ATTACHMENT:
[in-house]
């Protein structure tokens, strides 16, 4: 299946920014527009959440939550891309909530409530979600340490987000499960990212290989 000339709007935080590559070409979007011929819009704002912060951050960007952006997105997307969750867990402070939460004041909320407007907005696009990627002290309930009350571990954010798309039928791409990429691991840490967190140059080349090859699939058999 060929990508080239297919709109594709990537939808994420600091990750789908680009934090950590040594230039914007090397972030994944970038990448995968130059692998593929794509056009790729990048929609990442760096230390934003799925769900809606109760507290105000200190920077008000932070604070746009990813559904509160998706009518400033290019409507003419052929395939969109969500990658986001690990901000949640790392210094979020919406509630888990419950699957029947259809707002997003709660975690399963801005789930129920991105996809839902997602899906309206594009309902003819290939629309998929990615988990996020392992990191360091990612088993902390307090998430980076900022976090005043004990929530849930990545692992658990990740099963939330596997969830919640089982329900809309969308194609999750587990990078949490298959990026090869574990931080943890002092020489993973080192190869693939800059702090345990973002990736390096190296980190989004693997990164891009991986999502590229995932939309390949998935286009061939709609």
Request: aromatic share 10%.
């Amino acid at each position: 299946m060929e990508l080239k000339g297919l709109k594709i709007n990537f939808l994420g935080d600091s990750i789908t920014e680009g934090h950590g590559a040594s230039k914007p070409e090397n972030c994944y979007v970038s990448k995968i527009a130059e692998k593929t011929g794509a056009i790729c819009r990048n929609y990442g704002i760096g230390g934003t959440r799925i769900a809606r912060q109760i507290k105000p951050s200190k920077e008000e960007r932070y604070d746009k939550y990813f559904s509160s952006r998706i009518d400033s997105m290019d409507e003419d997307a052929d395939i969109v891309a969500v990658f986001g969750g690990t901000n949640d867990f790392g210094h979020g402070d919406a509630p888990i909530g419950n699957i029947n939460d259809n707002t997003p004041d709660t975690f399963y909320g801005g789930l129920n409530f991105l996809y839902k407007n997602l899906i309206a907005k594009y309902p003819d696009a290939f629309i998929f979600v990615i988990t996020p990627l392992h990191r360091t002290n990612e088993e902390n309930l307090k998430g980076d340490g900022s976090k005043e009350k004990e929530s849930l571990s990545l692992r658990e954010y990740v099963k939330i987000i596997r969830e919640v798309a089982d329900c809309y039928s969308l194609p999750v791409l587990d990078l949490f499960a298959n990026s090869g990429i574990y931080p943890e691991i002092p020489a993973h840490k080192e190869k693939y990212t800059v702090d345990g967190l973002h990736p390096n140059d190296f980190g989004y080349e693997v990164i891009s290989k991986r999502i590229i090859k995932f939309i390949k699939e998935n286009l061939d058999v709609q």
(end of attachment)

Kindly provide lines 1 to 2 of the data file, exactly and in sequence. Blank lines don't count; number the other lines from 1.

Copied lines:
[in-house]
């Protein structure tokens, strides 16, 4: 299946920014527009959440939550891309909530409530979600340490987000499960990212290989 000339709007935080590559070409979007011929819009704002912060951050960007952006997105997307969750867990402070939460004041909320407007907005696009990627002290309930009350571990954010798309039928791409990429691991840490967190140059080349090859699939058999 060929990508080239297919709109594709990537939808994420600091990750789908680009934090950590040594230039914007090397972030994944970038990448995968130059692998593929794509056009790729990048929609990442760096230390934003799925769900809606109760507290105000200190920077008000932070604070746009990813559904509160998706009518400033290019409507003419052929395939969109969500990658986001690990901000949640790392210094979020919406509630888990419950699957029947259809707002997003709660975690399963801005789930129920991105996809839902997602899906309206594009309902003819290939629309998929990615988990996020392992990191360091990612088993902390307090998430980076900022976090005043004990929530849930990545692992658990990740099963939330596997969830919640089982329900809309969308194609999750587990990078949490298959990026090869574990931080943890002092020489993973080192190869693939800059702090345990973002990736390096190296980190989004693997990164891009991986999502590229995932939309390949998935286009061939709609």